Top Chef Seattle Recap: David Rees on Marilyn Hagerty and Missing the 12/12/12 Benefit Concert

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Anna Faris and Chris Pratt showed up, too. Photo: Bravo

Last night, while everyone in America watched the 12/12/12/ Sandy benefit, I watched Top Chef. Our episode opens with the aftermath of last week’s CJ-dectomy. The chefs believe he’ll be back — he’s simply too talented not to rise from the grave and take his revenge. Nobody seems to miss Tyler.

This week’s guest Quickfire Challenge judge is a food writer named Marilyn Hagerty. She’s the lady who wrote an infamous review of a local Olive Garden. The charming review went viral. (Marilyn admits she didn’t know what that meant.) Needless to say, she went on to get a book deal with Anthony Bourdain, and now she’s on Top Chef standing close enough to Padma to smell her hair! The Top Chef producers have outdone themselves in celebrating Internet-celebrityhood. Here are my suggestions for future Top Chef guest judges:
1. Tay Zonday
2. Nardwuar the Human Serviette
3. ME.

This week’s challenge — and here I’m transcribing directly from the DVR’d television screen — is to “create a sweet & savory holiday dish using Truvia® baking blend with sugar.” What’s Truvia? As far as I can tell it’s a miracle powder from the future. Padma says, “The great thing [about Truvia] is it has 75 percent fewer calories than sugar.” The camera pans to a package of Truvia (which looks like a portable astronaut toilet) as Marilyn Hagerty tells us more about its amazing properties. Has this poor woman been roped into corporate spokespersonship against her own will?

The silly thing about this week’s challenge is that all the chefs must share a single knife. (My notes: “Has Top Chef always been this gimmicky?”) Josh starts using the precious blade immediately. Stefan tries chopping an onion with a cheese grater while John, the most hated chef in Dallas, uses a spatula as a knife, just like you would in prison.

There are many shouts of “Who has the knife right now?” and “Where’s the knife?” It’s like the bathroom key at the public library. All the chefs make holiday dishes from their childhoods, representing their ethnic heritages — all of which will be crushed by the rolling armageddon of Truvia Baking Blend, the one true heritage for all humanity.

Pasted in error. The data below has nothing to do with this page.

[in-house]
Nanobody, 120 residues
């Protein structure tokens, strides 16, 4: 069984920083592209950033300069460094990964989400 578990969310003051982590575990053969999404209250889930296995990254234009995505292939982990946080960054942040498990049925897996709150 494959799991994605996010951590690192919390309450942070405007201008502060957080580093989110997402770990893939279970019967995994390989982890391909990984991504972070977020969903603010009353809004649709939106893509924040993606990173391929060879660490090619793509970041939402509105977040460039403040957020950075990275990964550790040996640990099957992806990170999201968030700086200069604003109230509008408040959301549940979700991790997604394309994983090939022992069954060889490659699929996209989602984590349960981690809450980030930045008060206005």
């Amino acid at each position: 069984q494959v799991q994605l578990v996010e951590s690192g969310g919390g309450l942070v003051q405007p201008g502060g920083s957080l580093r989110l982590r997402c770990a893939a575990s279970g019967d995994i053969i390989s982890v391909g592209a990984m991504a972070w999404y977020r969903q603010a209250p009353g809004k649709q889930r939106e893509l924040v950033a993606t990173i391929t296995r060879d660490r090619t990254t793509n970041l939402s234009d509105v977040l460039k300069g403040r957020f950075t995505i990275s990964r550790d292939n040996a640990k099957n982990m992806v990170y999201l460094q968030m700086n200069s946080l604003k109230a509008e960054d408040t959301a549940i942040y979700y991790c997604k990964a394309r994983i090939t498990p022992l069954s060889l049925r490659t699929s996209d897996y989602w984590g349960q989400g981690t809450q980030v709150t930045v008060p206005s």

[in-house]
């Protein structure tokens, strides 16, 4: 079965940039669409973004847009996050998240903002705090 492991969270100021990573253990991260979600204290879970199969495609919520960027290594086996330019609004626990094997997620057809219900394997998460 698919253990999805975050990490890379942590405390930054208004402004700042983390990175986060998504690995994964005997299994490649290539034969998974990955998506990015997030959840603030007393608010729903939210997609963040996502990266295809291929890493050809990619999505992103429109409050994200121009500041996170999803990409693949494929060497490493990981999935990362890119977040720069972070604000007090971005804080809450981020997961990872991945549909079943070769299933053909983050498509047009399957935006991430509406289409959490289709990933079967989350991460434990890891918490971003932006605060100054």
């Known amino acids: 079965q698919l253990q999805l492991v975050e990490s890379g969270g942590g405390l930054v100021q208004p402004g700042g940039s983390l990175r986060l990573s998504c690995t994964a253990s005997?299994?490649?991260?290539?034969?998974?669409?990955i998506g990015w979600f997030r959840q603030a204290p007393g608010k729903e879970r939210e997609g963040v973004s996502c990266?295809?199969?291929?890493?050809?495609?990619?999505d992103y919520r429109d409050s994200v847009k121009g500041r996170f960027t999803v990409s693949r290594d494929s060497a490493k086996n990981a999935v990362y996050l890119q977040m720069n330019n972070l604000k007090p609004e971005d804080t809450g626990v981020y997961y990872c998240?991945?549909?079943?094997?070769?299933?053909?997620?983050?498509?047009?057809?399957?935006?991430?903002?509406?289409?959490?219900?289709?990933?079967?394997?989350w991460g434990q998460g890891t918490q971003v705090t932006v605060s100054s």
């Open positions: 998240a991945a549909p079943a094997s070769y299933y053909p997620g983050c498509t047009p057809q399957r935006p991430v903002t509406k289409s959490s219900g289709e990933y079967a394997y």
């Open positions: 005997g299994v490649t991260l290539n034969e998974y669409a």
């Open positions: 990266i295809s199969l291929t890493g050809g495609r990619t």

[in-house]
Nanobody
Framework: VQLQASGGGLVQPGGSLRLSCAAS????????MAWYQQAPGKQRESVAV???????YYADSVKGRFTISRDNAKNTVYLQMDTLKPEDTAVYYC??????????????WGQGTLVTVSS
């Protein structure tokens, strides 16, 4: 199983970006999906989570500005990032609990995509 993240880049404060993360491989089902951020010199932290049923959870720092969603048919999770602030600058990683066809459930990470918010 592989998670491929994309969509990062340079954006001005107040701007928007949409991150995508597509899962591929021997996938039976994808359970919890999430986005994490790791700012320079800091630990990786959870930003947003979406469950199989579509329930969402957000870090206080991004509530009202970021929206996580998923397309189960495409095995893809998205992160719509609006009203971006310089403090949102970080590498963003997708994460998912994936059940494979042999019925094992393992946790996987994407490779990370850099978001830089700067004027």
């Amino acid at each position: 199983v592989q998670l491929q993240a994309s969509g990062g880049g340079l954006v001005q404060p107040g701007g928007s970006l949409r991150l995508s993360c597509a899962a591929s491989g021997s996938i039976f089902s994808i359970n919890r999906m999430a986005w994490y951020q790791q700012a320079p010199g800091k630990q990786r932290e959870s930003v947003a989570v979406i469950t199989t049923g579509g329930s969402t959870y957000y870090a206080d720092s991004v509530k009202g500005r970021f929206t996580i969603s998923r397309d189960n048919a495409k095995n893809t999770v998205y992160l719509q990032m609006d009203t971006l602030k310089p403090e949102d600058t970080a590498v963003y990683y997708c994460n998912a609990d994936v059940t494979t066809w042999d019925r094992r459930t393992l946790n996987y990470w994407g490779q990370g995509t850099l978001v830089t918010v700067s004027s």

Padma and Marilyn taste all of the contestants’ family-history memory-meals while bonding over the fact that they’ve both had sex with Salman Rushdie (JOKE). Marilyn’s verdict: The chefs have produced an “amazing display of creativity that put me in the mood for the holidays.”

Nevertheless, Marilyn thinks Bart’s waffle and chicken was too busy, while Micah’s “taco” (actually a tamale) was too dry. (Micah knew this flyover-state idiot wouldn’t like his Mexican dish.) The winner is Brooke, for her all-American TRUVIA apple-pie-deconstruction.

On to the main challenge and this week’s celebrity judges: Hollywood superstars Anna Faris and Chris Pratt! I’m not sure who Chris Pratt is — based on his appearance, I assume his biggest gig is working as Seth Rogen’s stunt double. [UPDATE: He’s actually on a sitcom called Parkinson Wreck, which doesn’t sound very funny to me.] Anna Faris, on the other hand, is a talented actress with whom I have a Kevin Bacon–style connection: You see, I once met Anna Faris’s dad at a party! Where was the party? I’m glad you asked. It was at Goldman Sachs CEO Lloyd Blankfein’s apartment. This is not a joke. I would tell you more, but I don’t have time to kill all of you afterward.

Anna Faris admits to being a huge fan of Top Chef, while Chris Pratt admits they’re from the Pacific Northwest and are looking forward to the party Top Chef is throwing them: “This is much more important than some stupid Sandy benefit,” he says. (JOKE) The chefs must cook amazing food for the Hollywood power couple. The winning chef will get a blue Prius, the gas-guzzler from Toyota. We’re treated to a micro-commercial for Prius folded seamlessly into the night’s programming.